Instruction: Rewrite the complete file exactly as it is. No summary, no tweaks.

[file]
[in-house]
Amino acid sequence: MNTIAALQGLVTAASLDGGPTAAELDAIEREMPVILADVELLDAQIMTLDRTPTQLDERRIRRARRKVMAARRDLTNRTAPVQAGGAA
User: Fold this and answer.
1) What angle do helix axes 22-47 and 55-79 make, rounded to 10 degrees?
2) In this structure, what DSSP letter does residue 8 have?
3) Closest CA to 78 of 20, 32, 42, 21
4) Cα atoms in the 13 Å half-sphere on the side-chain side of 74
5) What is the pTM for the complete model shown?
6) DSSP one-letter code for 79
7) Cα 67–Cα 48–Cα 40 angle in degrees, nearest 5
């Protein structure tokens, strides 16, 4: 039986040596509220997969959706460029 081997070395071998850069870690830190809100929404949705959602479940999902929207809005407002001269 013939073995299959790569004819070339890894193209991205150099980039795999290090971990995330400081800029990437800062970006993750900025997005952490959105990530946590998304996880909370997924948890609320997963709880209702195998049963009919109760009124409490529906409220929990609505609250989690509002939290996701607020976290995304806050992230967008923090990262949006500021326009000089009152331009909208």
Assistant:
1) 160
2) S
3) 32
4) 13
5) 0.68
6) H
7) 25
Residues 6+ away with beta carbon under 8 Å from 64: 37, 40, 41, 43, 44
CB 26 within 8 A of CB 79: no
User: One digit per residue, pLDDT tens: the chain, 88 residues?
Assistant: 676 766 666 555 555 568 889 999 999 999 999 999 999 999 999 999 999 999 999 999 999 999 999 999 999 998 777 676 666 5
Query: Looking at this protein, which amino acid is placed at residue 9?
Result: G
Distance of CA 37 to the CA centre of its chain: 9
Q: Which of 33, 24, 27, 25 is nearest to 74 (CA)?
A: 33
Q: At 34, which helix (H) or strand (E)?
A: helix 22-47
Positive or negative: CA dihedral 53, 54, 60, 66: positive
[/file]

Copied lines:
[in-house]
Amino acid sequence: MNTIAALQGLVTAASLDGGPTAAELDAIEREMPVILADVELLDAQIMTLDRTPTQLDERRIRRARRKVMAARRDLTNRTAPVQAGGAA
User: Fold this and answer.
1) What angle do helix axes 22-47 and 55-79 make, rounded to 10 degrees?
2) In this structure, what DSSP letter does residue 8 have?
3) Closest CA to 78 of 20, 32, 42, 21
4) Cα atoms in the 13 Å half-sphere on the side-chain side of 74
5) What is the pTM for the complete model shown?
6) DSSP one-letter code for 79
7) Cα 67–Cα 48–Cα 40 angle in degrees, nearest 5
């Protein structure tokens, strides 16, 4: 039986040596509220997969959706460029 081997070395071998850069870690830190809100929404949705959602479940999902929207809005407002001269 013939073995299959790569004819070339890894193209991205150099980039795999290090971990995330400081800029990437800062970006993750900025997005952490959105990530946590998304996880909370997924948890609320997963709880209702195998049963009919109760009124409490529906409220929990609505609250989690509002939290996701607020976290995304806050992230967008923090990262949006500021326009000089009152331009909208």
Assistant:
1) 160
2) S
3) 32
4) 13
5) 0.68
6) H
7) 25
Residues 6+ away with beta carbon under 8 Å from 64: 37, 40, 41, 43, 44
CB 26 within 8 A of CB 79: no
User: One digit per residue, pLDDT tens: the chain, 88 residues?
Assistant: 676 766 666 555 555 568 889 999 999 999 999 999 999 999 999 999 999 999 999 999 999 999 999 999 999 998 777 676 666 5
Query: Looking at this protein, which amino acid is placed at residue 9?
Result: G
Distance of CA 37 to the CA centre of its chain: 9
Q: Which of 33, 24, 27, 25 is nearest to 74 (CA)?
A: 33
Q: At 34, which helix (H) or strand (E)?
A: helix 22-47
Positive or negative: CA dihedral 53, 54, 60, 66: positive